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Animal models of cancer - Effect of P-MAPA on renal carcinoma (RENCA)

• Effect of P-MAPA on murine renal carcinoma  


The  tumor model


Murine renal carcinoma (RENCA) has appeared spontaneously in BALB/c mice, and has been originally isolated by Dr. Sarah Stewart at the National Cancer Institute, USA. Its growth has been characterized in syngeneic animals.


The renal carcinoma (RENCA) is mildly to moderately immunogenic, and can be injected in the orthotopic site; it becomes highly vascularized as it develops, and can locally invade and form metastases in regional lymphonodes, lungs and liver (Murphy and Hrushesky, 1973).


Its progressive growth from the orthotopic site, similar to human renal cancer, makes it one of the main models for assessment of chemo and immunotherapeutic approaches to renal cancer treatment (Wiltrout, 1993; Wigginton and Wiltrout, 2002).


The renal carcionoma (RENCA) can be transplanted to a variety of anatomic sites according to the therapeutic approach to be studied.


The subcutaneous (s.c.), intradermic (i.d.), intraperitoneal (i.p.) and intrarrenal (i.r.) routes are widely employed for RENCA cell inoculation.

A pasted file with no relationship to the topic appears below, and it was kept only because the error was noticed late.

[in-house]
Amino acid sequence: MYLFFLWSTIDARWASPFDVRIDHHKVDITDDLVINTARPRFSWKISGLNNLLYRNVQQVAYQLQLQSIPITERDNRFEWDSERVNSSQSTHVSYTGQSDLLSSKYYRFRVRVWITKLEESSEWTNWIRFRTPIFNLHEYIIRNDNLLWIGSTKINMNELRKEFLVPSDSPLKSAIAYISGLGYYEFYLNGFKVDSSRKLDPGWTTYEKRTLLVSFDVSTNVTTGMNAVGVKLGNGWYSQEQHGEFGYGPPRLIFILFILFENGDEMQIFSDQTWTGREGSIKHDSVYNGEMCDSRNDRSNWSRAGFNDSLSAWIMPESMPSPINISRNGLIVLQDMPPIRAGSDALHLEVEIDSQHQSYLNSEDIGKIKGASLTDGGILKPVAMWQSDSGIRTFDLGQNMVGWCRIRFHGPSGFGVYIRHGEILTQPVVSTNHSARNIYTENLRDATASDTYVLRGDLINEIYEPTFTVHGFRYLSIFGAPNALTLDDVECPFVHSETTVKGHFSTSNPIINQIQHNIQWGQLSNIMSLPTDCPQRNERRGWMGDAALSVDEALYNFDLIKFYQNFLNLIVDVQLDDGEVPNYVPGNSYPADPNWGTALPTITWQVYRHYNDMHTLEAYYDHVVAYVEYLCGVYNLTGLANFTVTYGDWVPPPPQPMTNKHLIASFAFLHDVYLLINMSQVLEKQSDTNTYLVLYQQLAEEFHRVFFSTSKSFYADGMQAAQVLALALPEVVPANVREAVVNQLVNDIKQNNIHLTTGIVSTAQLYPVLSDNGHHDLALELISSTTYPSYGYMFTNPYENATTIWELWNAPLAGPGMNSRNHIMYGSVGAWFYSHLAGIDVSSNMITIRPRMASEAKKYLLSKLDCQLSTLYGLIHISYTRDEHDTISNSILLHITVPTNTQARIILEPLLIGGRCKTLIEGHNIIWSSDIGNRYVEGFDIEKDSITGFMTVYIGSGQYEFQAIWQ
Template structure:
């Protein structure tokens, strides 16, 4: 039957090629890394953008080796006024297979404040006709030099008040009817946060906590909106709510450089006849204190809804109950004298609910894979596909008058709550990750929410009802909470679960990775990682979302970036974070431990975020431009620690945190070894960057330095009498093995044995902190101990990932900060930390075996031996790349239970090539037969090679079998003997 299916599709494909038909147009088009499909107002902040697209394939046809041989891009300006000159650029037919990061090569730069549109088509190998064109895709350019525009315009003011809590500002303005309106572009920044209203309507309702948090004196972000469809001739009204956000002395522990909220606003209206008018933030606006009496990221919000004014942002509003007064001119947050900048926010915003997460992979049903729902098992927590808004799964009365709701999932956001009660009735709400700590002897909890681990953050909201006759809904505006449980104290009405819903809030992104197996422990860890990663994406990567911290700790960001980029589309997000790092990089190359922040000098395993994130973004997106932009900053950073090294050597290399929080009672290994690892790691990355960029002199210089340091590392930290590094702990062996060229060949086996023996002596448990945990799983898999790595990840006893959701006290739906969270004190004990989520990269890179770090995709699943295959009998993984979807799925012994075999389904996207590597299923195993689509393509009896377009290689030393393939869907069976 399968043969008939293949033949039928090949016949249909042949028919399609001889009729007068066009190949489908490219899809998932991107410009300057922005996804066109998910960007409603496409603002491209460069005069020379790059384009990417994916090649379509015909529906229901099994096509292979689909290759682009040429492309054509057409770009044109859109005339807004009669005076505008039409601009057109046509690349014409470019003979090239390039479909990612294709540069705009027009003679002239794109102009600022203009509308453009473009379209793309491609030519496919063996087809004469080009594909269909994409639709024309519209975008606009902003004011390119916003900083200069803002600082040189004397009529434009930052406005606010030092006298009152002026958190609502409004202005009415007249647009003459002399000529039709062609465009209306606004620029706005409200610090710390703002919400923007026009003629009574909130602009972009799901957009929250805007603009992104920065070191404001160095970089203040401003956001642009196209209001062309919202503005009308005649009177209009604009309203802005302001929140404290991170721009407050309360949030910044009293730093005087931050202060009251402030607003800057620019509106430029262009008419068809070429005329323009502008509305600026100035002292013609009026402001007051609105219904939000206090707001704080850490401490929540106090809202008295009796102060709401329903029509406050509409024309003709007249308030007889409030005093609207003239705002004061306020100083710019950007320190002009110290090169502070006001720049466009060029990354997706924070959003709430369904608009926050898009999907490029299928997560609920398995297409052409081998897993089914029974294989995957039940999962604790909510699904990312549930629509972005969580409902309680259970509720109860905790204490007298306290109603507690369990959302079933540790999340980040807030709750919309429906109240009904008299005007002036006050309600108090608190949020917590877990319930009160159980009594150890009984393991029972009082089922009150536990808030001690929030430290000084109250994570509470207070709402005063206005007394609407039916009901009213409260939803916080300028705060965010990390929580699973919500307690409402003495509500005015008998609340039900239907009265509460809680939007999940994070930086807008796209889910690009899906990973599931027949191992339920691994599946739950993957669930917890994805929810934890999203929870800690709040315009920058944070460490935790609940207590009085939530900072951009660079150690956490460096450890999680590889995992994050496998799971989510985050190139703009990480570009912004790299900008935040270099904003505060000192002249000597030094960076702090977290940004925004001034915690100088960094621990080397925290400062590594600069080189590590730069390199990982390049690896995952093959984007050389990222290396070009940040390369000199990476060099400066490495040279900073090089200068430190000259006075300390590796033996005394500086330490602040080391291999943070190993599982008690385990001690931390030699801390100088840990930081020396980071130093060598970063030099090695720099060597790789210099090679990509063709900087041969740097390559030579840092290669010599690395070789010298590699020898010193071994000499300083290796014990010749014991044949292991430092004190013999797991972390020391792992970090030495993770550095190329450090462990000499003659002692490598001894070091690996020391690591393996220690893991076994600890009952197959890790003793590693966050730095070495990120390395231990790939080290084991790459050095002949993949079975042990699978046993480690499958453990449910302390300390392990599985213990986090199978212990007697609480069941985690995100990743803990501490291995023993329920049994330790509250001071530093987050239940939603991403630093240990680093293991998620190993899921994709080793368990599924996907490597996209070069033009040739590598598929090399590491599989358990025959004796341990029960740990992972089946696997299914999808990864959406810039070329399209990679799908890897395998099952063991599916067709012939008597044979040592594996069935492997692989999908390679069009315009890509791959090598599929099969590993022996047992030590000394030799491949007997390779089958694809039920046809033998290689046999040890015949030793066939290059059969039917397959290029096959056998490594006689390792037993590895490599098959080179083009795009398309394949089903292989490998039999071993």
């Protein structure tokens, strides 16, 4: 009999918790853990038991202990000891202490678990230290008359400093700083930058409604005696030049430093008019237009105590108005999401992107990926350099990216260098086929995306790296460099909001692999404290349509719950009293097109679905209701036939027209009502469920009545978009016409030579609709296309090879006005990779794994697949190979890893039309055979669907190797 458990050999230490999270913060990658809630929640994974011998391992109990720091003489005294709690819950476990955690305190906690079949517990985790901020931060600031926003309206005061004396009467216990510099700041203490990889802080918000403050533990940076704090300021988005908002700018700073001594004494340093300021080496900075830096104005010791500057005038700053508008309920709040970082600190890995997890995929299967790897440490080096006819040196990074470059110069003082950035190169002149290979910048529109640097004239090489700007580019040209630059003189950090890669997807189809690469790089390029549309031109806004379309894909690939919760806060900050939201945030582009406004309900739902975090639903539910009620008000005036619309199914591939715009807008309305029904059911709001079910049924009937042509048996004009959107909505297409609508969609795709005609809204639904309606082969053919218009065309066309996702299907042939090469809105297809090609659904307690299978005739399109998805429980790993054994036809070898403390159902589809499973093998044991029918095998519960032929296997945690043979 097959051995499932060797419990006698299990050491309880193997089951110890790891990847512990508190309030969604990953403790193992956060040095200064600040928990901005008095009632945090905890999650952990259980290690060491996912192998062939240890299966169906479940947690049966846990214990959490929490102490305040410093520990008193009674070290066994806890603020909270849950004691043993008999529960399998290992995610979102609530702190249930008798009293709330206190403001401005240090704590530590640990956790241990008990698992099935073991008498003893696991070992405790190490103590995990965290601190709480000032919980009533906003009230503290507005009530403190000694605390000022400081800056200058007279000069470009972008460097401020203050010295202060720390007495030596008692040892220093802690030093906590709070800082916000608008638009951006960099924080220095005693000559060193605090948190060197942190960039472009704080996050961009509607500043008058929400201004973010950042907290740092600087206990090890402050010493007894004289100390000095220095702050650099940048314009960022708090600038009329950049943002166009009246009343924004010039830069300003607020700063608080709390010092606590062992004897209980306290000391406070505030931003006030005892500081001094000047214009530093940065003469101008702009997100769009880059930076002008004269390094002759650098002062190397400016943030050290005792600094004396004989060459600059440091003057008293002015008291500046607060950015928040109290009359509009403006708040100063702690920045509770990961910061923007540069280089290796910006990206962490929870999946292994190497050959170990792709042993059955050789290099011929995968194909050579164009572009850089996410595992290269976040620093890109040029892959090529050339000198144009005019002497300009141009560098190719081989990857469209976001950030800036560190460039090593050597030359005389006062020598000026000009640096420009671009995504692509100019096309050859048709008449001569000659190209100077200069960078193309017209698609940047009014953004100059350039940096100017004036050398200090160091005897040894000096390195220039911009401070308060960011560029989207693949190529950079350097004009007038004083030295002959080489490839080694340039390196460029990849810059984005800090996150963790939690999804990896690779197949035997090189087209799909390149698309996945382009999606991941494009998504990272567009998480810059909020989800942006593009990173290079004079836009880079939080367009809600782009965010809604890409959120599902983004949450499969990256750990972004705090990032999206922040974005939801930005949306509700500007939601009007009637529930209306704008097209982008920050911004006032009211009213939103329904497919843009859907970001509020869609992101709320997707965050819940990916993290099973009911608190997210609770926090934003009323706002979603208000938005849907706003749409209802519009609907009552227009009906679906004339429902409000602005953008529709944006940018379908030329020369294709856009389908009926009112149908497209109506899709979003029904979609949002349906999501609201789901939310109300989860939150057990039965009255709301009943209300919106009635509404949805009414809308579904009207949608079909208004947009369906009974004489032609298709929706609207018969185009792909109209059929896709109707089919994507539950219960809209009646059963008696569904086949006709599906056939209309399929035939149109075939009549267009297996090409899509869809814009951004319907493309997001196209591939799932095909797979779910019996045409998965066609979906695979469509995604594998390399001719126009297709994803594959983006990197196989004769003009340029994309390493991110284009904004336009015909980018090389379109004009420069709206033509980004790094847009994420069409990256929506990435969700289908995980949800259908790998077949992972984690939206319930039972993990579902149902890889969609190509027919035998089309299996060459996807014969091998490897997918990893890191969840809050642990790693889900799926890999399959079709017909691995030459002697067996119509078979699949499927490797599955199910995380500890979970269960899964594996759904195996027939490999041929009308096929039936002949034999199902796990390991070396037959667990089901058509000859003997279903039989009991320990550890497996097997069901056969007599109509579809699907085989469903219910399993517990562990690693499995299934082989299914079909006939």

In general, growth rates of the resulting primary tumors are similar, with exception of the i.p. tumor, which develops faster.


Accordingly, survival time of i.p. inoculated mice (28-32 days) is slightly shorter than for the other inoculation paths (35-45 days).


In the RENCA model, different therapeutic approaches can be assessed against a progressively more advanced disease; against a disease located in different organs; as well as against a primary tumor developed in the kidney and spontaneously disseminating to other organs. 


This kind of experiment demands surgical skills. Animals can be treated with the primary tumor still in the kidney.


After about 7 days of inoculation, the tumor begins to invade locally, and from day 11 on metastases appear.


In some experiments, a resection of the primary tumor (nephrectomy) is done before chemotherapy or immunotherapy is used in order to treat the disseminated residual disease.